Now 38, Smith returned Boston on Friday as a spokesperson for the International OCD Foundation, which has its headquarters here. The IOCDF is celebrating its 30 years as an organization and just commemorated the end of OCD awareness week.
The IOCDF has made great strides for people with OCD in the last 30 years, but it still has a long way to go, said Executive Director Jeff Szymanski.
The IOCD started in Connecticut where a group of people with OCD participated in one of the first studies about the disorder, Szymanski said. The foundation moved to Boston in 2008 to be closer to its vibrant medical community because the organization focuses on financing OCD research. (Although there is no cure for OCD, the compulsions can be managed).
Though the foundation has made great strides in terms of growing OCD awareness—more than 1,600 people attended IOCDF’s annual conference this year, four times as many as the first conference in 1993—Szymanski said the mental health community still struggles with the diagnosis and how to treat it.
Smith was lucky that he was correctly diagnosed so early. More than 3 million adults live with OCD in the United States, but physicians misdiagnose patients 50 percent of the time and mental health professionals a third of the time, Szymanski said. It took Smith 17 years to receive proper treatment, and that’s a common reality.
Szymanski said the average time between a diagnosis and proper care is between 14 to 17 years.
“If you had cancer, who is waiting 14 to 17 years? It’s not acceptable anywhere,” he said. “Yet, it’s the state of things with OCD.”
Both Smith and Szymanski highlighted how OCD has been warped in the public’s eye: It’s not about being “neat” or liking things a certain way. It’s a debilitating medical disability stemming from obsessive, anxious thoughts.
“When we’re in our rituals, we don’t want to be doing them,” Smith said. “No one wants to wash their hands 100 times. We know it’s irrational, but we believe we have to do it anyway.”
After his diagnoses, Smith met with multiple different therapists, but none of them had ever specialized in OCD treatment or were able to refer him to a specialist. “What I mean by proper treatment is that a general psychologist is not equipped to treat OCD but roughly most of them think that they are,” Smith said. “And attempting to treat OCD by doing psychotherapy, called talk therapy—well, what happened was it ultimately made my OCD worse and harder to treat in the future.”
Szymanski worked as a clinical psychologist at McLean’s OCD Institute before joining the foundation. He explained that while most therapists are trained in psychotherapy—where you talk through your issues and try to uncover how they may have started in your childhood—that’s actually damaging for OCD patients.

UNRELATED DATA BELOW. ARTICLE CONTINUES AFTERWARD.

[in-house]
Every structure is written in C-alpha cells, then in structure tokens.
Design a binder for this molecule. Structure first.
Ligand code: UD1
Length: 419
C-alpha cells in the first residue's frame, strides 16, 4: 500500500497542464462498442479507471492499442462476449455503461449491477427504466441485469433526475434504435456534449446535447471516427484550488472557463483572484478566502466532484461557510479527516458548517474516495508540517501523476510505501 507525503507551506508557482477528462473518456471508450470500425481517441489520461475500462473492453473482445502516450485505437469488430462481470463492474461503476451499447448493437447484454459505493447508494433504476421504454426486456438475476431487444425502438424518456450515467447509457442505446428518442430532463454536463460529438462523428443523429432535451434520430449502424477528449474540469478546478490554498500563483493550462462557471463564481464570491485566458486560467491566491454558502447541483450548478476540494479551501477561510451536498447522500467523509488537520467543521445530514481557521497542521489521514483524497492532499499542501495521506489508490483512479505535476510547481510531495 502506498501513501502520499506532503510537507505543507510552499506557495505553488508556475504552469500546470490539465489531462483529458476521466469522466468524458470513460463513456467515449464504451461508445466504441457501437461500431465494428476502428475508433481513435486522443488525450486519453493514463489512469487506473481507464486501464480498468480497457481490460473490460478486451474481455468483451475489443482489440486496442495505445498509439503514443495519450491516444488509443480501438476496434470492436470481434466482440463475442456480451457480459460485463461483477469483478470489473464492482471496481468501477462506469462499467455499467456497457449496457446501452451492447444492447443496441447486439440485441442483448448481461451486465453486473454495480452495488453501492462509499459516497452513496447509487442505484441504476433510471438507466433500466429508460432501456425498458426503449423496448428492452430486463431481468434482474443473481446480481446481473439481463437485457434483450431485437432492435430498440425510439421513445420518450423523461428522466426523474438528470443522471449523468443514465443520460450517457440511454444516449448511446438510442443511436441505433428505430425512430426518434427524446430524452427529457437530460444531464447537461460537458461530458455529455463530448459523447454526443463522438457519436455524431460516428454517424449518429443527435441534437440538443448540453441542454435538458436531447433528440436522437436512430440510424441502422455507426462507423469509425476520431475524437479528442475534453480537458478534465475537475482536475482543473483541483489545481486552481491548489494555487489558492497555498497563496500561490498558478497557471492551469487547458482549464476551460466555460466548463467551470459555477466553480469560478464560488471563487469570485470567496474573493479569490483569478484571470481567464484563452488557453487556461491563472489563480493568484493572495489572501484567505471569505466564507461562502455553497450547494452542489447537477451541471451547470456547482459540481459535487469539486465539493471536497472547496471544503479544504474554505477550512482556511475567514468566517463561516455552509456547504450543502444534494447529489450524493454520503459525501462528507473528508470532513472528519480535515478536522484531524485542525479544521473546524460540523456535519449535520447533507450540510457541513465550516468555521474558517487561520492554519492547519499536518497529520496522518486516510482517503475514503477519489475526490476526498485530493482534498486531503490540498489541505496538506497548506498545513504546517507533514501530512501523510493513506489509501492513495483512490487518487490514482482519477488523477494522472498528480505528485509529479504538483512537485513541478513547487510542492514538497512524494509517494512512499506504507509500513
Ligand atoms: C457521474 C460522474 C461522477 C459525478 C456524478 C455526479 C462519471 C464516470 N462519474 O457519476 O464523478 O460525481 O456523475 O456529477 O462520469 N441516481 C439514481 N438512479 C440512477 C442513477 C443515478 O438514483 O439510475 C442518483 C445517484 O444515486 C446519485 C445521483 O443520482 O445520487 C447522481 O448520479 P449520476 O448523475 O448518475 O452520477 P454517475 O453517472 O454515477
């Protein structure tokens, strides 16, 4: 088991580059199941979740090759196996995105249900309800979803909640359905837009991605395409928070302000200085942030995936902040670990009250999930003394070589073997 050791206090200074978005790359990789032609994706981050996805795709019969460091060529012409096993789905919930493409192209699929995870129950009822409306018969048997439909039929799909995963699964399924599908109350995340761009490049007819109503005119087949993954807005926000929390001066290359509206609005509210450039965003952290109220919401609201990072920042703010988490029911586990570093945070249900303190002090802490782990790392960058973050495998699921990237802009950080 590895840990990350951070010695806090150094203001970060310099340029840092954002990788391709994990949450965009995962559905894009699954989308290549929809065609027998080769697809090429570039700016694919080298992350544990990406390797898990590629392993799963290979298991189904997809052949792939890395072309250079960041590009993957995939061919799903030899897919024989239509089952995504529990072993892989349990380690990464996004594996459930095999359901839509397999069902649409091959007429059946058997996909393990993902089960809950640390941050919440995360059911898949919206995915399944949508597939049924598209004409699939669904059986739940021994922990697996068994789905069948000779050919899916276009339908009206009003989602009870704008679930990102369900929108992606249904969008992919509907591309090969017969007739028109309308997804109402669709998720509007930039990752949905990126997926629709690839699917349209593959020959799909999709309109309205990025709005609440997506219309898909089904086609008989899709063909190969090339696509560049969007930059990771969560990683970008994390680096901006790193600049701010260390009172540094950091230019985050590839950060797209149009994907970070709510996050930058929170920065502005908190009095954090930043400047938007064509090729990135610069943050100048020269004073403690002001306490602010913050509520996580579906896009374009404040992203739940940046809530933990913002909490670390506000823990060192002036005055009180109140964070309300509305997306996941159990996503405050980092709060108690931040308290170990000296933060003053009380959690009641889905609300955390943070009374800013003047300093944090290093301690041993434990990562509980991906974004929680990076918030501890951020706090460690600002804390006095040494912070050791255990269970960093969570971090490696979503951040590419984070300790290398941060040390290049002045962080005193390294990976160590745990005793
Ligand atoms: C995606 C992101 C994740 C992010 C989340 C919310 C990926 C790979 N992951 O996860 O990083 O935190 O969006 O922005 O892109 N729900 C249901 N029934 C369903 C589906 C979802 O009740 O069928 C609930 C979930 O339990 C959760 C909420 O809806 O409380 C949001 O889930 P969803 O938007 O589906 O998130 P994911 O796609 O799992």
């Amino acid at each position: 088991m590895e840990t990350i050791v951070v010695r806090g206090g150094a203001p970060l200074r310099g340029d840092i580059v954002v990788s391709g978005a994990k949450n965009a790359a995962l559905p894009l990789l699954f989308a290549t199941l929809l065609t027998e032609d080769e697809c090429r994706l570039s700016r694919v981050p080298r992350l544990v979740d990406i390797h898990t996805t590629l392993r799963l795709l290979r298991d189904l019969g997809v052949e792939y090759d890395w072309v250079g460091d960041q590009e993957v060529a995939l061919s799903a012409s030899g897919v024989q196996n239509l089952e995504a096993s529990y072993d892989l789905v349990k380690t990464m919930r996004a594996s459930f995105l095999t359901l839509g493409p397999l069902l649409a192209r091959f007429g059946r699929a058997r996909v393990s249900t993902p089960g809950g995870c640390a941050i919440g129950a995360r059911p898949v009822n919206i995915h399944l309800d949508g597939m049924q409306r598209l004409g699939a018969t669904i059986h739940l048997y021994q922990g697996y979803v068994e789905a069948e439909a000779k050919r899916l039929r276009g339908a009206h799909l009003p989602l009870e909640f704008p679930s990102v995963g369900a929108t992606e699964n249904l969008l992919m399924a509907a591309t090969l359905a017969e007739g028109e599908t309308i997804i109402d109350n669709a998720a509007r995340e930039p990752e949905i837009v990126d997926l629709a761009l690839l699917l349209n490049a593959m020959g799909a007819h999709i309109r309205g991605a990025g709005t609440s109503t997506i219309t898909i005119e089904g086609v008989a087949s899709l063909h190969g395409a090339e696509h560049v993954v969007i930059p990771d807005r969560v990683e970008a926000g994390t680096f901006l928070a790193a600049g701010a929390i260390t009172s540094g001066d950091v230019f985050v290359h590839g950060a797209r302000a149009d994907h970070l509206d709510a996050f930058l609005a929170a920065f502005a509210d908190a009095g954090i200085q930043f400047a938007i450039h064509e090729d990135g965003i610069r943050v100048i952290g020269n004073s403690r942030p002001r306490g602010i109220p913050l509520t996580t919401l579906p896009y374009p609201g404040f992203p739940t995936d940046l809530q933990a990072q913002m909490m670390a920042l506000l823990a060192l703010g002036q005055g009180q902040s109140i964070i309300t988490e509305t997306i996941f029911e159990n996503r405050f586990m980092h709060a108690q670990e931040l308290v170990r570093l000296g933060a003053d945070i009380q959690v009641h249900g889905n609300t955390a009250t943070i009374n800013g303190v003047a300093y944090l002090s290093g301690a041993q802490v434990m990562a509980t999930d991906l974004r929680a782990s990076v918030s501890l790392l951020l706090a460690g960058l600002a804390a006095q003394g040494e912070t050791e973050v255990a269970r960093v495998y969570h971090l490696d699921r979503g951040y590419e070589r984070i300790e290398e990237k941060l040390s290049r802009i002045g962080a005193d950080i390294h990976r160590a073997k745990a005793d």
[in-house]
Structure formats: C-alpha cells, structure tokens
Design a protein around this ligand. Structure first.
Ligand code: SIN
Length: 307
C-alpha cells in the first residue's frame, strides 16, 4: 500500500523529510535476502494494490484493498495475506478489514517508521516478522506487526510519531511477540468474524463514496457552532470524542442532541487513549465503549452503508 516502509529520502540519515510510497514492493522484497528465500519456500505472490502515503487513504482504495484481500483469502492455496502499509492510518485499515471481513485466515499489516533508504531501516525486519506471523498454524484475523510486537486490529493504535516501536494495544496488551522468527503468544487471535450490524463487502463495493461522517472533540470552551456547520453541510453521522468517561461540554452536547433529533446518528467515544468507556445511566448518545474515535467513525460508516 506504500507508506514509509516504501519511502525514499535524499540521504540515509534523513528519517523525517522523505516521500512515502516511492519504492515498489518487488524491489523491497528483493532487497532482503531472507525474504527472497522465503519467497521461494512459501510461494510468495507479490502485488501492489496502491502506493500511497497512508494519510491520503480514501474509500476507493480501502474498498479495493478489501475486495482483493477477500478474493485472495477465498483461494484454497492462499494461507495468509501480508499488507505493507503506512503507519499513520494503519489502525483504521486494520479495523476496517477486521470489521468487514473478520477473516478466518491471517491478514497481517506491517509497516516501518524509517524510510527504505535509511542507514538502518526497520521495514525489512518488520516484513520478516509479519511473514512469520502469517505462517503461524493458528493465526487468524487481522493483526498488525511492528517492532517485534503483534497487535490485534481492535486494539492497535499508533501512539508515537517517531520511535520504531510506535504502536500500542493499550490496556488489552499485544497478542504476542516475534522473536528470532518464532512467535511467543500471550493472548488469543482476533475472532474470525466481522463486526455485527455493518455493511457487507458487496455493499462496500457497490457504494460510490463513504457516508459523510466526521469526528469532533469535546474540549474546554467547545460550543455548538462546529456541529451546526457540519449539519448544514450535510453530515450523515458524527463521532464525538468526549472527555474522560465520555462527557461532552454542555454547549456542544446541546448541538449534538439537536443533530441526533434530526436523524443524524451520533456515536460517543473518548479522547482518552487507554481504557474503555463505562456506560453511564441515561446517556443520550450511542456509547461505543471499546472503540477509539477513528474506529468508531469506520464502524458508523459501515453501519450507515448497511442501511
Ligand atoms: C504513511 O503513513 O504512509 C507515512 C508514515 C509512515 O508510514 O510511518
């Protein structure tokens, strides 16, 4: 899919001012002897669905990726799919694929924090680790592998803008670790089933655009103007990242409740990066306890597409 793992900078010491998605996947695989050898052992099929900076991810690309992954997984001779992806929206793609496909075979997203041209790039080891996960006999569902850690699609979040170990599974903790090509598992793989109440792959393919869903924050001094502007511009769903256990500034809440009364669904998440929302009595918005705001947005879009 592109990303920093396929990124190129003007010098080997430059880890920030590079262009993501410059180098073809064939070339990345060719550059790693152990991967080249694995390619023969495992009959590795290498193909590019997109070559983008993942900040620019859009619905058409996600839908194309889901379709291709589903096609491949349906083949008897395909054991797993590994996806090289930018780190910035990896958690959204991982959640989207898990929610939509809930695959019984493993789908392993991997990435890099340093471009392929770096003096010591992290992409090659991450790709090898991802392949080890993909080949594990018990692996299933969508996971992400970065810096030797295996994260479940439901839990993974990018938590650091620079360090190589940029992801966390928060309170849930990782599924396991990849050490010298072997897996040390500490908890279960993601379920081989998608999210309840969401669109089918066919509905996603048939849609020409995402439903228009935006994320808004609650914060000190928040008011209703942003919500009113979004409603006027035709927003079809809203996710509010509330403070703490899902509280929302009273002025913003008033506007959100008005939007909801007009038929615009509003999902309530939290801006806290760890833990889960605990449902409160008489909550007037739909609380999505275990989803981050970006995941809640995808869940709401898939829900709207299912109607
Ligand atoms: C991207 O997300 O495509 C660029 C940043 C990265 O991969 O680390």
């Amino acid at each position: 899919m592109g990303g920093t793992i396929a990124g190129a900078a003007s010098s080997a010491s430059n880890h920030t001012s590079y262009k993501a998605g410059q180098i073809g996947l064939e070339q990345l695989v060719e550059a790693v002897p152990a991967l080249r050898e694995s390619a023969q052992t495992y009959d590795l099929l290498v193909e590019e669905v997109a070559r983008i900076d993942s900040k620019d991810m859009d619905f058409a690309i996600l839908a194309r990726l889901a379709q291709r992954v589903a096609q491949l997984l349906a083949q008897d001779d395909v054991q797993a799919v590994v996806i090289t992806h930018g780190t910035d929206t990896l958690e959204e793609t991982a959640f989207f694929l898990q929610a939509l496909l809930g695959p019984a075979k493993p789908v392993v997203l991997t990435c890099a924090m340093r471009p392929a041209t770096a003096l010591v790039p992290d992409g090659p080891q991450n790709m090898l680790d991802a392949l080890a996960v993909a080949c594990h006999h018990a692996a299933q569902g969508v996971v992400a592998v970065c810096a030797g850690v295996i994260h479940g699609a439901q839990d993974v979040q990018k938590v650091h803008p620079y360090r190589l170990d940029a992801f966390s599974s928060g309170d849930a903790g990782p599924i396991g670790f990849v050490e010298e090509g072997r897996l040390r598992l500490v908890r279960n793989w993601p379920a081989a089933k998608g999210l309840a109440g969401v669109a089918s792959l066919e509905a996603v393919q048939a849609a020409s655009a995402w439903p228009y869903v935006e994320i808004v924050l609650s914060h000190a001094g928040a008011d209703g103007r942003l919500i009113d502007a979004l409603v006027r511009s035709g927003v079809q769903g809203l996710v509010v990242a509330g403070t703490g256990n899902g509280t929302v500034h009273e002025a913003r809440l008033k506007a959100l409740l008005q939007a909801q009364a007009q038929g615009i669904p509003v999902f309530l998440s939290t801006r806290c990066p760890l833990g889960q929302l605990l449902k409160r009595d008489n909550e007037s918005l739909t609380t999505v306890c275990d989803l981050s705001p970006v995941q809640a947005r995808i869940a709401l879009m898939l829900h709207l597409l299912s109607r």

Instead, professionals need to be trained in Cognitive Behavioral Therapy, and specifically a subset of that called “exposure and response prevention.” In that practice, those with OCD are forced to confront the very things giving them anxiety and prompt their obsessive thoughts. Instead of giving in to their compulsions to ease their anxiety, the patient is forced to sit with it.
If someone’s OCD centers around germs, for example, the therapy would involve them touching the floor or something else they consider germ-infested without allowing them to wash their hands repeatedly. “The best way to get over a phobia is to repeatedly expose yourself, and over time your brain stops putting out those anxiety signals,” Szymanski said.
Smith, who underwent the therapy while living in Boston, described it as “torture.” But it’s the reason he’s alive today, he said. He had told his mom that if he ever got better—and for a while, he never thought he would—he wanted to help others like him.
“Coming back to Boston and being able to speak in Boston, where I struggled so much, on a national stage, it’s full circle and emotional, but it’s also extremely gratifying,” said Smith, who now lives in Los Angeles where he works as an actor. “This is where I discovered the strength and power of the human condition. This is where I learned what I was made of as a person.”
I am a licensed psychologist working with kids, teens, and adults with anxiety disorders.